French government body targets Anadolu Agency journalist

After France's decision on Thursday to expel Imam Hassan Iquioussen, a Muslim scholar, government committee linked to prime minister targeted critics on Twitter

Dilara Hamit  | 31.07.2022 - Update : 31.07.2022
French government body targets Anadolu Agency journalist


France’s government singled out for criticism at an Anadolu Agency journalist who criticized its decision to expel Imam Hassan Iquioussen, a Muslim scholar.

The Interministerial Committee for the Prevention of Crime and Radicalisation (CIPDR), whose website says it works under "the aegis of the prime minister," has targeted a number of people who are victims of Islamophobia, now including at least Anadolu Agency correspondent.

The committee targeted those who criticized the deportation decision, which was announced on Thursday, accusing them on Twitter of being linked to the Muslim Brotherhood and Salafism.

"There is Feiza Ben Mohamed, who works for Anadolu Agency and joins this support campaign (for the imam) by constantly attacking France with false allegations. And without hesitation, she argues that Hassan Iquioussen is an ‘innocent imam’," it said on Twitter on Friday.

After this post, Ben Mohamed was subjected to intense cyber harassment.

Marwan Muhammad, former director of the Collective against Islamophobia in France (CCIF), was also accused of using anti-secular rhetoric to incite conflict between Muslims and non-Muslims.

The committee also had Billal Righi, a former director of the Ummah Charity, on its hit list, by trying to link him to the 2020 murder of teacher Samuel Paty in a Paris suburb.

After the tweets were published, numerous online users denounced the committee for using state resources to harass and suppress Muslim figures for their political and religious opinions.

One Twitter user claimed that Muslim hunting was the committee's favorite hobby and that targeting media and Muslim figures for cyberbullying is seen as normal in President Emmanuel Macron’s France.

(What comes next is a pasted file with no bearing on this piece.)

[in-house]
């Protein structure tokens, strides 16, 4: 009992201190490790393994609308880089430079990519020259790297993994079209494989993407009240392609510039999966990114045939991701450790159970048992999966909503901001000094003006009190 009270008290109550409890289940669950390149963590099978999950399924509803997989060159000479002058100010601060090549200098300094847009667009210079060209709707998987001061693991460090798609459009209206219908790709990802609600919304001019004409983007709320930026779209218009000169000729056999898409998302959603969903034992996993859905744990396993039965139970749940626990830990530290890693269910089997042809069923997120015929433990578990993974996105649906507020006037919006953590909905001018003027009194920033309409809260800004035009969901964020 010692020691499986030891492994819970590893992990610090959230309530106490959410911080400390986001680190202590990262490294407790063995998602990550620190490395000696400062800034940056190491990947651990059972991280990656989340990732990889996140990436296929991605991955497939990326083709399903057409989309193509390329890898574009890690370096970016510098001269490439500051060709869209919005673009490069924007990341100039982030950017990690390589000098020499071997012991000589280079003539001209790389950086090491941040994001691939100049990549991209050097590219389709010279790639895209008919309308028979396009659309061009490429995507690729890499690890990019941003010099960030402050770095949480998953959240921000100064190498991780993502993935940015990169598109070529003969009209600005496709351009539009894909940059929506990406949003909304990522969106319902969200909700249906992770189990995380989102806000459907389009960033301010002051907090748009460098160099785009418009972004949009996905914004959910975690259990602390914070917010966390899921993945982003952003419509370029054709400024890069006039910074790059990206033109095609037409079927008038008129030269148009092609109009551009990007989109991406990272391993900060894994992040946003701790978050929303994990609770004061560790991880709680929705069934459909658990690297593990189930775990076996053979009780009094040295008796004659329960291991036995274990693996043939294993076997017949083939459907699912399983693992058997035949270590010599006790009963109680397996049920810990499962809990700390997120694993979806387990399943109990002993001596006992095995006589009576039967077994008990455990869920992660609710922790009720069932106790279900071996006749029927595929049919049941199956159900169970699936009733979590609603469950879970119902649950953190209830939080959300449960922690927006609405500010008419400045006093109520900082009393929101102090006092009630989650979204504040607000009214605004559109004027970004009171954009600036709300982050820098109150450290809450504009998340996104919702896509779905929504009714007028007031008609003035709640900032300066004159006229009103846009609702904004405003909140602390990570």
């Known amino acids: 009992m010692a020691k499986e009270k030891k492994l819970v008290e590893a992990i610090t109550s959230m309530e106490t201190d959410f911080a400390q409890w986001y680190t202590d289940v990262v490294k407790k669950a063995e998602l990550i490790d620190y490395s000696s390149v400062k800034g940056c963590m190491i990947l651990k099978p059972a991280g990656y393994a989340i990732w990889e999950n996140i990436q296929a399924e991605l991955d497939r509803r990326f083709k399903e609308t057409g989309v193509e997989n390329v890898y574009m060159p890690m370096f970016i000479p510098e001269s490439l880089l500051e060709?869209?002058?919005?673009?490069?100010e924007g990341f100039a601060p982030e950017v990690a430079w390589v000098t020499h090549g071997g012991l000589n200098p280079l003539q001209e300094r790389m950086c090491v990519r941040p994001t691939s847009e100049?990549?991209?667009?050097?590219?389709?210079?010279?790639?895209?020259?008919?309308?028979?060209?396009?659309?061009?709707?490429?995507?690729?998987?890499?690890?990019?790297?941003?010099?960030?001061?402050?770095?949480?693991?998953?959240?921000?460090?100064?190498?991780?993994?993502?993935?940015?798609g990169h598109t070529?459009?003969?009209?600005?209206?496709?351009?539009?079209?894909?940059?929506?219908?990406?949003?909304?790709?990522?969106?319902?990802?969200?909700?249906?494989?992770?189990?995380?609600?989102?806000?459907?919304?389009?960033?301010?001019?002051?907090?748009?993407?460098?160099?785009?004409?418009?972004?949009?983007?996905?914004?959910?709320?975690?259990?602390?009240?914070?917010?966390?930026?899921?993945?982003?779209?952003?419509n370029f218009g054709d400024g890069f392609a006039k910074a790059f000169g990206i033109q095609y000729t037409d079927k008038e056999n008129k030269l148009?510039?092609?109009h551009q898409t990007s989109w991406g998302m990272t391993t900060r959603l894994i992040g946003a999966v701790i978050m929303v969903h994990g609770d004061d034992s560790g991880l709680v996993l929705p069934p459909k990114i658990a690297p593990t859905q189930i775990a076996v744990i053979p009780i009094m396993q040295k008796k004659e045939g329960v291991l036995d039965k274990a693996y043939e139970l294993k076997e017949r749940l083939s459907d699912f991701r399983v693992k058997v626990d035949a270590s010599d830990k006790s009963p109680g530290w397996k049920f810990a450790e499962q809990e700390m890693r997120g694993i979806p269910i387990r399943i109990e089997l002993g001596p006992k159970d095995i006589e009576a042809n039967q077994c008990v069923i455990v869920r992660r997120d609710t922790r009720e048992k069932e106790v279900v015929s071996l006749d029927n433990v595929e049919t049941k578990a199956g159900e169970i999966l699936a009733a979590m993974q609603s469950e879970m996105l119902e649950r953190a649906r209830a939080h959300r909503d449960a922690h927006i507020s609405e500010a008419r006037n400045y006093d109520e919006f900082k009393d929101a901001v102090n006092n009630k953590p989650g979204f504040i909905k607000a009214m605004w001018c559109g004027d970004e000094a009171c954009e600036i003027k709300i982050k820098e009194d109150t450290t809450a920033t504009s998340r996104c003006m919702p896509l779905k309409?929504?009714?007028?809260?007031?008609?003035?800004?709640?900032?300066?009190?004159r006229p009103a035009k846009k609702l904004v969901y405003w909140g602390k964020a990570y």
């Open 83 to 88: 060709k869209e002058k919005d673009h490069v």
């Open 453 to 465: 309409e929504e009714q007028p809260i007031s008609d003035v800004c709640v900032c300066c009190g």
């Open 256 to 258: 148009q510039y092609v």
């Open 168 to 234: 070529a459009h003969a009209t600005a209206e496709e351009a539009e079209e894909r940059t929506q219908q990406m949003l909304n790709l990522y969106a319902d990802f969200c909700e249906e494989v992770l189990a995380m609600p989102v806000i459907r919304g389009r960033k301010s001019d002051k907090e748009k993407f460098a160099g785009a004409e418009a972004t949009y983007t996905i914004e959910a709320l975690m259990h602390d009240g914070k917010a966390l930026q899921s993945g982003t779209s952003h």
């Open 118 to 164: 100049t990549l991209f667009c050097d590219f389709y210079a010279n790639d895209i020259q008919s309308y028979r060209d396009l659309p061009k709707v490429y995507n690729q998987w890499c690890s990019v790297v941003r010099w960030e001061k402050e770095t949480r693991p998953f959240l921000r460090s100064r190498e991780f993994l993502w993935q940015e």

Since Friday, while Mohamed's journalism was distorted, she has been assailed by anti-Turkish, anti-Islamic, and sexist messages.

"It is a very malicious step to be cast in the same light as those who went to Syria to fight," meaning terrorists, another Twitter user said on the issue.

Another user denounced France's targeting of Muslims and proposed a march to combat Islamophobia in September. Political scientist Francois Burgat blasted the committee’s moves.

"Let's not be passive, we could be next," he said. Burgat said the committee’s accusations against Ben Mohamed are very dangerous in a country with freedom of expression, adding that he also wrote articles for Anadolu Agency.

RSF (journalists without borders) has ranked France as having the 26th-highest level of free speech in the world.

After public figures and politicians, the RespectZone association found in 2018 that journalists were the third most susceptible profession to cyber-harassment.

Although this research indicates that unidentified male internet users make up the bulk of cyber stalkers, it was observed in the instance of Feiza Ben Mohamed that a government organization publicly targeted the AA reporter.

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